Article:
"At times, the consulting industry has been infected by an 'I'll scratch your back if you scratch mine' culture and a stunning lack of independence," Lawsky said in a press release announcing his assault. "Today, we are taking an important step in helping ensure that consultants are independent voices—rather than beholden to the large institutions that pay their fees."
Deloitte agreed to a $10 million fine, relatively small potatoes. But there was a bigger hit in store: It agreed to a one-year ban on consulting for New York banks, a devastating timeout that forced the auditor to forgo some huge contracts.
Two days later, DFS lit up the Bank of Tokyo–Mitsubishi UFJ for laundering money for Iran and Burma. The department accused the bank of conducting about $100 billion worth of illegal transactions, fining it $250 million. A year earlier, the Treasury Department had negotiated a mere $8.5 million settlement in its own case.
"Terrorism needs money to survive," Lawsky told the New York Post. "We will continue to do everything we can to ensure banks don't facilitate the flow of funds that could be used by terrorists and enemy nations."
It was a good summer at DFS. But as the heads have piled up, Lawsky has gotten skittish about talking to the press. Almost every press release issued by DFS credits Governor Cuomo first. Lawsky isn't usually mentioned until the third or fourth paragraph.
Where he once gave expansive interviews in his office on State Street, posing for photographs behind his giant, shiny desk, securing an interview with Lawsky these days involves weeks of chasing and a little party-crashing. The Voice only managed to reach him by dropping in on a midsummer talk he gave at the Yale Club.
That morning, Lawsky spoke to a crowd of financial journalists and industry types in a place so lush, white, and hushed, it feels like being inside a roll of expensive toilet paper. When Lawsky told the crowd that Massachusetts Senator Elizabeth Warren, Wall Street–basher-in-chief, was "brilliant" and "someone worth listening to," the silence was profound.
Afterward, Lawsky briefly spent time taking reporters' questions and pressing the flesh. In person, the 43-year-old civil servant is almost comically clean-cut, the type of man you imagine stepping out of the shower completely dry, clad in a suit and polished wingtips. He doesn't deny he has been hard to reach the past few months.
"I'm shy," he says, chortling dryly at his own joke before quickly turning serious. "No. I think that—you know, I don't think DFS should be about a cult of personality. I don't want it to be about any one person."
He comes off distinctly unpolitician-like; he doesn't try to deflect conversation about hostilities between himself and federal regulators and doesn't seem to have a canned, sunny answer about it. These days, he says flatly, the relationship between DFS and the feds is "fine."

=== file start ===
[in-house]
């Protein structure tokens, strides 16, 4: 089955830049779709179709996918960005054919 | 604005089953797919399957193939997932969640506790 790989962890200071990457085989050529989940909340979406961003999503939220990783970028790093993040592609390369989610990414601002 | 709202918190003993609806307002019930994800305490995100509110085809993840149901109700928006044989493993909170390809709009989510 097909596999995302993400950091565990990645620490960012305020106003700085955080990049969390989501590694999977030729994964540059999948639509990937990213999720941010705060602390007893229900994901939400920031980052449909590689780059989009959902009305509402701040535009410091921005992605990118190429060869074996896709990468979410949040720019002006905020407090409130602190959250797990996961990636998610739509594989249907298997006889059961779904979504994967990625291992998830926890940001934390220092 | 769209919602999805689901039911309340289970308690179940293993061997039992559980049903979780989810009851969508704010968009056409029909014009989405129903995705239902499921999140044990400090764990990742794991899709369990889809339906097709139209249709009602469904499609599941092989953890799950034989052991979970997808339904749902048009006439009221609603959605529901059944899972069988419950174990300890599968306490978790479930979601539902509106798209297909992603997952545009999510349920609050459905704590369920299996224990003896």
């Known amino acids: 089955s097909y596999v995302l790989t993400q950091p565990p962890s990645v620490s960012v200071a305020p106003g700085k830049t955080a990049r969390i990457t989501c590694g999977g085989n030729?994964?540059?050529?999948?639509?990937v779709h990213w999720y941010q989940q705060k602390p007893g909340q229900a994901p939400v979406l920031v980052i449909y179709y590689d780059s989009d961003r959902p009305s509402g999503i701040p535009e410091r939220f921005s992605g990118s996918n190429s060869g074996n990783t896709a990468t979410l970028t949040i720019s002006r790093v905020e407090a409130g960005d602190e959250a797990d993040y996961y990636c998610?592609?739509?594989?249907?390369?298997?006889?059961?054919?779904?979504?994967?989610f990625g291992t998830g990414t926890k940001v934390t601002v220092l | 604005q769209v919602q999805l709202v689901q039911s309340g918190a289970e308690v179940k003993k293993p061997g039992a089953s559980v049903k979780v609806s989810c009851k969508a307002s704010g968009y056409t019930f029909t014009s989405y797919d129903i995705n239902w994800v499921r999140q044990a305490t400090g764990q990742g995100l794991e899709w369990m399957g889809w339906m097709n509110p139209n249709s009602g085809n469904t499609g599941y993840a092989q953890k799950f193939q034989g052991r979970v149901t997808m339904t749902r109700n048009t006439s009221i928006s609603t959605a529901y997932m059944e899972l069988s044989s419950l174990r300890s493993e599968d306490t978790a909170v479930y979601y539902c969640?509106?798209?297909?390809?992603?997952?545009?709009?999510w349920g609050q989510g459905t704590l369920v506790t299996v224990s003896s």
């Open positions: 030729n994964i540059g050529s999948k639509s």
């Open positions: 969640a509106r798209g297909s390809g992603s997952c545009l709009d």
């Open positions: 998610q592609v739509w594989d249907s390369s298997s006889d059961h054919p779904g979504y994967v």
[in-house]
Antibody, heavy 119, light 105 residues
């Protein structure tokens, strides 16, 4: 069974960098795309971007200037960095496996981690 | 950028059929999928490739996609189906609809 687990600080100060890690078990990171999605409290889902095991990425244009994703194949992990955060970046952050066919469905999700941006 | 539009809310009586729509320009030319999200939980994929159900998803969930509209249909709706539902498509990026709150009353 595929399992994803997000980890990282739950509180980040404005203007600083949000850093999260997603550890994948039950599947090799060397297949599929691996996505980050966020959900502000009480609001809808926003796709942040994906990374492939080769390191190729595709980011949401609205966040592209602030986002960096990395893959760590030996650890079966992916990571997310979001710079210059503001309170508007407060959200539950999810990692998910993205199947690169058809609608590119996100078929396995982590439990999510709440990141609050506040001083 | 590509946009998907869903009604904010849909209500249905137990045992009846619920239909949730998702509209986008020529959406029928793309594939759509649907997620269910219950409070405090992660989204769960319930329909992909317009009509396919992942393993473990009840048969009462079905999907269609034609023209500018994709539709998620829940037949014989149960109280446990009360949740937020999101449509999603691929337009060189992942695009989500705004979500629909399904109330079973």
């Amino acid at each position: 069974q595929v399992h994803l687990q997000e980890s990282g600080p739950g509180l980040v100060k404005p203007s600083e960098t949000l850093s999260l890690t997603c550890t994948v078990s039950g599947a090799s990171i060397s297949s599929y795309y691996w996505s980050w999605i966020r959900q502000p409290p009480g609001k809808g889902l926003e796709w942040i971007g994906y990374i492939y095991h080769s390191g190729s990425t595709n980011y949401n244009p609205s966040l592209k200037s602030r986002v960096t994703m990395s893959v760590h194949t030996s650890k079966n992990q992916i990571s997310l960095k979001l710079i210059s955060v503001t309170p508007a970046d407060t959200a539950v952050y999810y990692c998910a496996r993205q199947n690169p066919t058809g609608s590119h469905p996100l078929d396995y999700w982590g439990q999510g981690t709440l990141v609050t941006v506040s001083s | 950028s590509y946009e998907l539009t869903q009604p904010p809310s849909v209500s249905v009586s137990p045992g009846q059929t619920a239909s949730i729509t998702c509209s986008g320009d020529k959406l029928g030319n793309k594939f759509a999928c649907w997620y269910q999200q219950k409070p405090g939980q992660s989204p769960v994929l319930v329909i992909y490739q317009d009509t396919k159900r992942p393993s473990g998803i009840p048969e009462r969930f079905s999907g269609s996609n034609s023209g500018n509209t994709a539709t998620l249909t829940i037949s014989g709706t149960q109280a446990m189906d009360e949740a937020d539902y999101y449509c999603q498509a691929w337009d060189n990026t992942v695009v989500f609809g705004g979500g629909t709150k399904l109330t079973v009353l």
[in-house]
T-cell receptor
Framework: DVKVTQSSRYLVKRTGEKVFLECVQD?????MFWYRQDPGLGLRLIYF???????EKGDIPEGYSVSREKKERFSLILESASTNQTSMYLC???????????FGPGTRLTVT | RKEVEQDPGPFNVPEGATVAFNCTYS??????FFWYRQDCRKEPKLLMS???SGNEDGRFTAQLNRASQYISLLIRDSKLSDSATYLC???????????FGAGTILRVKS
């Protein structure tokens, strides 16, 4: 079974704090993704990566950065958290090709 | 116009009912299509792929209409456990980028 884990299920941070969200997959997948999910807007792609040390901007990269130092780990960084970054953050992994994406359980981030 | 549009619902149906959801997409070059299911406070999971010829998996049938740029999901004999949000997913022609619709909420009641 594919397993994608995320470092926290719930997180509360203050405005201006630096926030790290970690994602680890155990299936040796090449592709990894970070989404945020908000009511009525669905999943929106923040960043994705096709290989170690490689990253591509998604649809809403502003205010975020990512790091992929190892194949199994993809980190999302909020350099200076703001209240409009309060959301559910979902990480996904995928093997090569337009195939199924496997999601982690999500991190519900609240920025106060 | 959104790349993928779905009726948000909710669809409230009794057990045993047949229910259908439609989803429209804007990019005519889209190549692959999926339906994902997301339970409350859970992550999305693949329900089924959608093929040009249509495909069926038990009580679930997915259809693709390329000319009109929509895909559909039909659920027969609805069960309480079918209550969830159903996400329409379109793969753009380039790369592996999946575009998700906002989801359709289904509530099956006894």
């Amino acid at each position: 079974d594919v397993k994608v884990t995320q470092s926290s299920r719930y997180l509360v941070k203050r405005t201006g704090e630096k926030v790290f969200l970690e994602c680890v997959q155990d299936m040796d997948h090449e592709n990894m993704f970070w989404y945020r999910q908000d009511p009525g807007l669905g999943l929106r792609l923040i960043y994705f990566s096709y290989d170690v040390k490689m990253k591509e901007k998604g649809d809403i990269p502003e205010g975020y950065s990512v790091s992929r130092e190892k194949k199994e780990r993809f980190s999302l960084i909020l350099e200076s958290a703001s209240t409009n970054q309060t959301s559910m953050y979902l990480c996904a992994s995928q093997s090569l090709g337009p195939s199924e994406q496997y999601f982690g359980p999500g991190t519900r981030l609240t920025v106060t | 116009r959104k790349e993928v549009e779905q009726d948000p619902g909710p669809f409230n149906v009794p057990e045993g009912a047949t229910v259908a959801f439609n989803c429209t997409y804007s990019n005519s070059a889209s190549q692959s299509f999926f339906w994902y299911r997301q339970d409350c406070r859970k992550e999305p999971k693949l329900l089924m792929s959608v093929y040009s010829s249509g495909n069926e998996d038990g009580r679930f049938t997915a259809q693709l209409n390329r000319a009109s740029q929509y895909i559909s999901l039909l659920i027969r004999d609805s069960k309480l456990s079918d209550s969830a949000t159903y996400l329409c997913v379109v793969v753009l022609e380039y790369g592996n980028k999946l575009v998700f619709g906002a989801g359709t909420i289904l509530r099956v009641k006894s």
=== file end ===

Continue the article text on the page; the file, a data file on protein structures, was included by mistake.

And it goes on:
True, "We shook things up with Standard Chartered. We said, 'We think this should be done in a different way.' But I think since then things have settled down."
Tensions between regulators are to be expected, Lawsky says. "But in a healthy competition, everyone is sorta pushing each other to do more and be a better regulator. And that's much better than the alternative, which is unhealthy competition, where it's who can be the lightest-touch regulator. Then you have standards moving downward."
Art Wilmarth, a law professor at George Washington University and a student of federal-versus-state regulator strife, says there's a history of the feds resenting the more aggressive actions of states like New York. Lawsky may be smart to keep his head down, out of the line of fire.
"The best he can hope to do is embarrass his federal colleagues so they sort of have to fall into line," Wilmarth suggests. "Eliot Spitzer did that for two or three years in the early 2000s. And there's no question he paid a price. I think he picked up a lot of enemies on Wall Street."
If it's tough to pin down Lawsky for an interview, it's nearly impossible to get the financial industry to speak his name—at least not on the record.
Told that a background conversation would have to be paired with an on-the-record statement for this story, Deloitte spokesman Jonathan Gandal countered by agreeing only to "fact-check" the article and "consider" submitting a statement for publication. (Deloitte did not provide the latter.)
The Securities Industry and Financial Markets Association, one of Wall Street's largest trade groups, also declined to comment.
Following numerous requests over the course of several weeks, the New York Bankers Association relayed a one-paragraph statement calling Lawsky "diligent" and adding that he "maintains an open door policy, and always listens to our concerns." Several other banking associations and trade groups didn't reply to multiple interview requests.
"We don't discuss our regulators publicly and we're still under a consent order," says Julie Gibson, a spokeswoman for Standard Chartered. When pressed, she adds, "They've got all the cards. It's not a relationship of equals. If you make them mad, then, you know . . ."
She opts not to finish that thought.